HIDEOUS ABSINTHE by Jad Adams is published in the US by the University of Winsin Press at $24.95.
Respected absinthe writer Jad Adams has a different point of view to absinthe manufacturer T.A Breaux:
JAD ADAMS, AUTHOR, “HIDEOUS ABSINTHE”: Well, the main dangerous from absinthe is it is very highly alcoholic. It‘s up to 75 percent alcohol by volume. So that‘s 150 proof. That‘s the most important danger from it, is that you‘re not likely to drink that much strong alcohol normally with any other kind of drink.
The other thing that it has is a chemical called thujone, which is a mind stimulant. And this was the stimulant that the artists of the 19th century were interested in taking because it gave them new and different ideas and bizarre fantasies. And that‘s the other factor that makes absinthe a different kind of drink from any other kind of thing.
COSBY: Yeah, Jad, you were hearing about these reports of hallucinations. How wide-ranging are they? And how severe could they be?
ADAMS: Well, that depends on the strength of the thujone. Now, you can buy absinthe in a lot of countries in Europe, but the European Union restricts the amount of thujone, the active ingredient, to 10 parts per million. So that‘s not very much. However, there is available a lot of black-market absinthe with people make in their own private stills, producing this stuff for sale on the black market, and that can be five or 10 times stronger. So you can actually get a much more strongly hallucinogenic product.
COSBY: Well, you know, Jad, I want to—this is from a passenger who was on the ship with George Smith. He claims that a bottle of absinthe was purchased in Italy. Remember, the cruise ship went all over in Europe. You can buy it in Europe. It‘s illegal in the states. In fact, this is how the passenger described how the group, including George Smith, was drinking this: “They drank the whole bottle. When I got there, the bottle was empty.”
Is there any way to tell how potent that would be and how much affect that could have on maybe someone who hasn‘t had this kind of drink before?
ADAMS: Well, unless you actually have the bottle or some of the substance to test, not really, I‘m afraid, though certainly someone who‘s not used to this substance, drinking a lot of it, will find it rather surprising and unusual. They‘re going to have different kinds of ideas.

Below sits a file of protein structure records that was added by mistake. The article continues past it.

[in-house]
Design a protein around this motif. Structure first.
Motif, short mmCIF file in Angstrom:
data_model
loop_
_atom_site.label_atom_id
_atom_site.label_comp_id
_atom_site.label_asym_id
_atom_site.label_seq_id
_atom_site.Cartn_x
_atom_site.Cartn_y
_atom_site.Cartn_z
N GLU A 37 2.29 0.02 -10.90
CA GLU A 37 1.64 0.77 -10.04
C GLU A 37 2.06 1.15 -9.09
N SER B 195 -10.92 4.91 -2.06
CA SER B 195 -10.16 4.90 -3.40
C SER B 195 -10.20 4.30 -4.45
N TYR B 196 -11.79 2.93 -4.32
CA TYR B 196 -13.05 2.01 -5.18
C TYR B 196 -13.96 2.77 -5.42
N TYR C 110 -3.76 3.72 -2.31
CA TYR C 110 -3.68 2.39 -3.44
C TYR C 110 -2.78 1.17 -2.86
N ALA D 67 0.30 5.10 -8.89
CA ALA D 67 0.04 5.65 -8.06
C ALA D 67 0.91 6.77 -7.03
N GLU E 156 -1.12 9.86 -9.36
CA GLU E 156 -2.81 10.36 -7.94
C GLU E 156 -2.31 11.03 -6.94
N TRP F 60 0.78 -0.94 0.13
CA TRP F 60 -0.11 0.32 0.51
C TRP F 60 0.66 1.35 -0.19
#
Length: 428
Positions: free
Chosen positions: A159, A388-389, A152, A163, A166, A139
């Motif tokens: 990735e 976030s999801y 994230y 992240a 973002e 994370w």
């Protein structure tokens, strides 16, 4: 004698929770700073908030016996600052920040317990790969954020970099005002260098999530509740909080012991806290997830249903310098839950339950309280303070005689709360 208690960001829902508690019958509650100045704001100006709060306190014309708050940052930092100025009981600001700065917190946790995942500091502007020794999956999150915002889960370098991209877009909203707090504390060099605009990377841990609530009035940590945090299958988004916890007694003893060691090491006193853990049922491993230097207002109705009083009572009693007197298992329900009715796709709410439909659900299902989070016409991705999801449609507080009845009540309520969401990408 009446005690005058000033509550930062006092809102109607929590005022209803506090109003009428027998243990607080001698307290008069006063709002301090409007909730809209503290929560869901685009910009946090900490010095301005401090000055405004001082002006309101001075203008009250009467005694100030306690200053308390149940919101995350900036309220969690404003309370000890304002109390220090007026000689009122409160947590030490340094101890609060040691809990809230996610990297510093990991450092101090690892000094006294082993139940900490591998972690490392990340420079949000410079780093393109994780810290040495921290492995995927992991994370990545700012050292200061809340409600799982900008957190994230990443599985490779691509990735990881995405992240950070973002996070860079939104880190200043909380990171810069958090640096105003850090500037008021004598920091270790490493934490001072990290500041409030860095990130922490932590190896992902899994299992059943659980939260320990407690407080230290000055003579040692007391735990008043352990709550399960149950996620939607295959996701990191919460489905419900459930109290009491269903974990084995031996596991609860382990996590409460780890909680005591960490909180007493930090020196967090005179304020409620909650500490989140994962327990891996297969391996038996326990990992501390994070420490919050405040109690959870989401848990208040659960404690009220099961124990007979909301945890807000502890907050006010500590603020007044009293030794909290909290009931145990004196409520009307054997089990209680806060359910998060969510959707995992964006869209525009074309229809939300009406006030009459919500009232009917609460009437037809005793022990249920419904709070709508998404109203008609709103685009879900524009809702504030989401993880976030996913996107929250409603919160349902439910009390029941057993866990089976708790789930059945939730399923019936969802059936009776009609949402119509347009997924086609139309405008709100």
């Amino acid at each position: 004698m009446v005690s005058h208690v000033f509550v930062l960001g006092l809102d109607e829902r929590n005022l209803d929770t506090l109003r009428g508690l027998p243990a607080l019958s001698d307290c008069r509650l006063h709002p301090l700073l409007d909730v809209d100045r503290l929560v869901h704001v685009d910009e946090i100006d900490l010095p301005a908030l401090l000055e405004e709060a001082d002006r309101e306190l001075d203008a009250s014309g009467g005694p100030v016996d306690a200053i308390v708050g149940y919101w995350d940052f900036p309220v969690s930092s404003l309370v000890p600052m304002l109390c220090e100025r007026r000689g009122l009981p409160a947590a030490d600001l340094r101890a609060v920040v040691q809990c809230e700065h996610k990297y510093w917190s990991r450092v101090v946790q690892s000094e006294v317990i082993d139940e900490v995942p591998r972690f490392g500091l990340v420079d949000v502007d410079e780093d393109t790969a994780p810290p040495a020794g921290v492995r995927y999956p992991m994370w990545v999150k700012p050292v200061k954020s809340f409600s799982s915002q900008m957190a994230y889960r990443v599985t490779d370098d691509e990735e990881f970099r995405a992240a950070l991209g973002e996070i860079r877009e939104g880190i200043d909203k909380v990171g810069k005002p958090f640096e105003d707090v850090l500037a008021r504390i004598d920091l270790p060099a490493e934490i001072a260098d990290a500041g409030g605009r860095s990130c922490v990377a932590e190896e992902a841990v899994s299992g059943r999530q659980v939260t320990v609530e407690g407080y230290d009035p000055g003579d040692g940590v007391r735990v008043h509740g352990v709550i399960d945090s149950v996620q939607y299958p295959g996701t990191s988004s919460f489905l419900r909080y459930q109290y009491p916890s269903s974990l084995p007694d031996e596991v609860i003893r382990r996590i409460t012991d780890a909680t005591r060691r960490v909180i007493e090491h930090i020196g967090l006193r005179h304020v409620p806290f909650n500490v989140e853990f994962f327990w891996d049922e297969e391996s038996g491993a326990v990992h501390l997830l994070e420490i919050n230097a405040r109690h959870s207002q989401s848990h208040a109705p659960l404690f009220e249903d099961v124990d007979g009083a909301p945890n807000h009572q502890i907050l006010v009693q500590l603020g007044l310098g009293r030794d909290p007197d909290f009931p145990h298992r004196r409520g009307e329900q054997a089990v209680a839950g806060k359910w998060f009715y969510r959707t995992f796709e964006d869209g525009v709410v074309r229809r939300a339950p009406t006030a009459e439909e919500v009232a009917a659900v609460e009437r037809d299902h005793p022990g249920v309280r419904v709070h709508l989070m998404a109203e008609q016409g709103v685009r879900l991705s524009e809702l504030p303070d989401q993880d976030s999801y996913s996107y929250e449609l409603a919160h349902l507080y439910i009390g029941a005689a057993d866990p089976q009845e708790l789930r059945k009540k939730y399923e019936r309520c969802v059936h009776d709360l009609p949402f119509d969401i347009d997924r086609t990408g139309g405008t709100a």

What absinthe really does, what its active ingredient does, is to take the brakes off the mind, and so the mind is over-stimulated, it‘s having lots of fresh and unusual, strange, bizarre ideas. So that‘s the sort of thing it does.
COSBY: Jad, thank you very much. We appreciate it. Interesting, because a liquor I‘d never heard about this until a few weeks ago.
Well, with more on the potential dangers of this very strong liquor, we are joined tonight by the coauthor of the book “Absinthe: Sip of Seduction,” absinthe historian and also chemist, Theodore Breaux.
Mr. Breaux, you say that it‘s not as dangerous. You have a bit of a different take. Why is that?
THEODORE BREAUX, ABSINTHE HISTORIAN AND CHEMIST: Well, first of all, I appreciate what Mr. Adams says, but his science is about 30 years behind. You see, the thing is, is that was a longstanding belief about absinthe containing lots of thujone and that caused hallucinations. But nowadays, we know that that‘s not true.
Personally, I‘ve studied absinthe for about 13 years. And when I say studied absinthe, I‘ve studied absinthe from 100 years old, such as this bottle that I‘m holding up, which has been unopened, except for the removal of samples for scientific analysis, as well as new absinthes, which are made—some of them which are made exactly like the old ones were.
And the one thing we know is that absinthe, old and new, does not contain a lot of thujone. And what we know, from certain scientific studies, which have been published in the past year or so, is that, first of all, thujone is not present in any absinthe in sufficient concentration to cause any type of deleterious effects in humans. For me…
COSBY: You‘re talking about hallucinations, right, in layman‘s terms?
BREAUX: Oh, there are no hallucinations, so the only hallucinations that one will find is in reading 19th century romantic literature. In reality, it doesn‘t exist.
COSBY: But, Mr. Breaux, let me read you also—this is interesting.
We‘re looking at the alcohol content, at least of absinthe, versus beer. Absinthe has an alcohol content of about 68 percent, while beer is a little closer to 4 percent or 5 percent. When you look at that, that‘s a pretty big difference!
BREAUX: That‘s correct. And that‘s the thing. You take any high-proof alcohol, whether it be a high-proof rum, absinthe or anything else, and you just imbibe it with, you know, without reservation, well, something‘s going to happen. I mean, you take two people and sit down to a bottle of 80-proof tequila, I guarantee before you get to the bottom of that bottle someone‘s going to be dancing on the tables. You know, I mean, there‘s nothing…
COSBY: You know, we hear now that the bottle was empty. Do you think it could have played a role in this case somehow?
BREAUX: Absolutely not. Absolutely not.
BREAUX: And any absinthe that is sold in Europe does not contain enough thujone to cause any hallucinations. I would have to consume about three liters of absinthe at the European limit to have any clinically discernable effects from thujone, and I‘d be long dead from the alcohol by that point.
Rita Cosby: Live and Direct January 24th 2006